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GRAMOPHONE (04/2024)
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:Sony 19658828072

Code barres / Barcode : 0196588280726



Reviewer :
Charlotte Gardner

Silvestrov, Dowland, Shaw, Rota, Brian Eno … none of these names immediately suggest Venice, but the fact that they appear on cellist Anastasia Kobekina’s so-titled debut on Sony Classical shouldn’t surprise anyone already familiar with the creativity that comes so apparently naturally to this recent BBC New Generation Artist. Kobekina’s programme, performed on both Baroque cello and ‘modern’ set-up, depicts Italy’s ancient floating city not simply along historical, musicological lines but as an expression of the myriad impressions and emotions it means to her. To this concept, add some very special defining qualities: the sheer sense of organic flow with which it then all unfurls, the apparent effortlessness of Kobekina’s own sound – at times you forget you’re listening to a cello at all, it sounds so lithely human – and a host of often movingly intimate-feeling musical collaborations. Dowland’s ‘Go, crystal tears’ is a potent example of all the above, Kobekina’s instrument sounding so much like a supple, airily amber-toned, exquisitely singing human voice, dropping down at points to the barest of whispers, with the closeness of the bond between her and her theorbist partner Azul Lima verily burning out of the stereo.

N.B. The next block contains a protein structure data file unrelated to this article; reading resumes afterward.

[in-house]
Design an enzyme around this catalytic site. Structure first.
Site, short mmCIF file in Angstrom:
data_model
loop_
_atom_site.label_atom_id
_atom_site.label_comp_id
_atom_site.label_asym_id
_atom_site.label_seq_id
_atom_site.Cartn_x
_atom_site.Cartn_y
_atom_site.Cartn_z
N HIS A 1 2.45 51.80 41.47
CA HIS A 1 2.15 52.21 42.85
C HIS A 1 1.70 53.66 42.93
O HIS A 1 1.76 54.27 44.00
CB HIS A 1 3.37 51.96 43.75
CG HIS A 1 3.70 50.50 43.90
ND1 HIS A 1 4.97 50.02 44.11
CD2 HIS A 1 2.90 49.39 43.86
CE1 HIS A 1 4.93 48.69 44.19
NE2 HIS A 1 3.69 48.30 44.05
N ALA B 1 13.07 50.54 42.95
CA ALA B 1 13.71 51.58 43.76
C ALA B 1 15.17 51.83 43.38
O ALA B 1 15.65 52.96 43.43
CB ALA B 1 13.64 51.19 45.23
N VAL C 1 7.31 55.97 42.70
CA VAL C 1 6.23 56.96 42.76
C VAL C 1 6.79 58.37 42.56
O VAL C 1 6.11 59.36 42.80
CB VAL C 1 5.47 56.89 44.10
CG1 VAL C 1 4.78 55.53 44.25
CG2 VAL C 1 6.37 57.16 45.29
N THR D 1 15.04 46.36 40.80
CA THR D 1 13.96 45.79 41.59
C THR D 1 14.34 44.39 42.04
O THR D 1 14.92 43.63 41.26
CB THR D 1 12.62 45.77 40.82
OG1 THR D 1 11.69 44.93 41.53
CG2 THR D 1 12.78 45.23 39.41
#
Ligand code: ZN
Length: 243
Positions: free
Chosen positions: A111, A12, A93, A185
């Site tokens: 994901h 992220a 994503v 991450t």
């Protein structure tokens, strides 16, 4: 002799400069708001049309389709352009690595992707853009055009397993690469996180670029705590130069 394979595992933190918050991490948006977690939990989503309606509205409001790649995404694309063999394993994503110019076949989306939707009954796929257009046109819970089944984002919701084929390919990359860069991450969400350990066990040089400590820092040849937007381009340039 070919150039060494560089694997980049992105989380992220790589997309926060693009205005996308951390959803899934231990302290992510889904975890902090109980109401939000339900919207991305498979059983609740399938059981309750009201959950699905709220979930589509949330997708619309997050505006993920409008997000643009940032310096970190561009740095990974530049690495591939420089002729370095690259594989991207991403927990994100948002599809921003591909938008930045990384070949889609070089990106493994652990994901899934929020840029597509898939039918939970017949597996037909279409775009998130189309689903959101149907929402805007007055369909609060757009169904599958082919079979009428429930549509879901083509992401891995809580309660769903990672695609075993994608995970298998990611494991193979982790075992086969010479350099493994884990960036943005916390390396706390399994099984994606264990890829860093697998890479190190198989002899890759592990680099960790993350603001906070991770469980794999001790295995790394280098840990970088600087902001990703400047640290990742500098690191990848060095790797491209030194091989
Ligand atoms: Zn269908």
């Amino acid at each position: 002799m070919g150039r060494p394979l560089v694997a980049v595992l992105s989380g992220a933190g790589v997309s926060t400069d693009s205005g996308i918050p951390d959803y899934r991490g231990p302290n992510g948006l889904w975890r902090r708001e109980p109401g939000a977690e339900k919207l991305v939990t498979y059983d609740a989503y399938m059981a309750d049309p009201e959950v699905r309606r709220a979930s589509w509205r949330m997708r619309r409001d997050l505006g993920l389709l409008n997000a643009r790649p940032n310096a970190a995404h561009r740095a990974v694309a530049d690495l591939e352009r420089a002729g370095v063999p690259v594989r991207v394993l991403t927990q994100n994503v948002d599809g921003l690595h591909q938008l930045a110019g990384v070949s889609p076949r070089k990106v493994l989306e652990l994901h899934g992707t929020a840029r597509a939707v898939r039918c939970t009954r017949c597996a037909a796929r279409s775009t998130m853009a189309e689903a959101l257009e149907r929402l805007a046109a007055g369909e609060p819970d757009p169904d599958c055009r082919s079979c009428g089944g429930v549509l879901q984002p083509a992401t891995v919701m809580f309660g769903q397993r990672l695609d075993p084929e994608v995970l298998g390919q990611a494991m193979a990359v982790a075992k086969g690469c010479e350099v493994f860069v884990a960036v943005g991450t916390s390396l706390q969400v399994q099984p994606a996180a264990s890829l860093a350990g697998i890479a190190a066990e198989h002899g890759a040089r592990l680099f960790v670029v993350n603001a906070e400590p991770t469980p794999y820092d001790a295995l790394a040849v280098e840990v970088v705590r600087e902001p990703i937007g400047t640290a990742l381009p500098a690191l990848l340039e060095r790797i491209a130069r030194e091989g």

This being Venice, Vivaldi also gets his full due, via two full cello concertos and three isolated concerto movements supported with bright, spry energy by the Kammerorchester Basel. Dropped at pleasingly symmetric intervals through the running order, these are a strong unifying force; but best of all is how their colours and qualities are enhanced and heard afresh through what happens either side. Whoever would have thought, for instance, that the darkly fiery G minor outer ends of RV416 could be so evocatively set up by Kurtág’s slyly scuttling ‘Árnyak’ (‘Shadows’), and departed from via the barcarolle-like lilt of Fauré’s melancholy cradle song ‘Les berceaux’, weeping for men gone to sea. Slow-movement pleasures meanwhile include the way RV416’s accompanying textures are built up and then down again – it’s a wonderful moment, about a minute in, when the harpsichord suddenly enters like a glinting sun; and always, Kobekina’s filigree embellishments sound as natural as breathing even at their most ornately baroque heights.


What else? The snap, spring and pulse of Caroline Shaw’s string duo Limestone & Felt rolling into Bach’s sensuously throbbing, long-breathed Adagio song from his Concerto in D minor, BWV904 (after Alessandro Marcello); programme-closing Ariadne’s Lament, a soul-filled variations on a theme by Claudio Monteverdi by Kobekina’s own father, Vladimir Kobekin; overall, the perfectly weighted balancing and elegant immediacy of the engineering.


The magical sum of all these parts is then that – if you yourself have walked Venice’s ancient high-walled alleyways imagining Vivaldi and Monteverdi, if you’ve experienced the nightlife of its residents’ quarter and gazed upwards in St Mark’s – while the single impression all this leaves is hard to articulate, its essence is so ephemeral you will feel it every second of this album. And that, folks, is true art.

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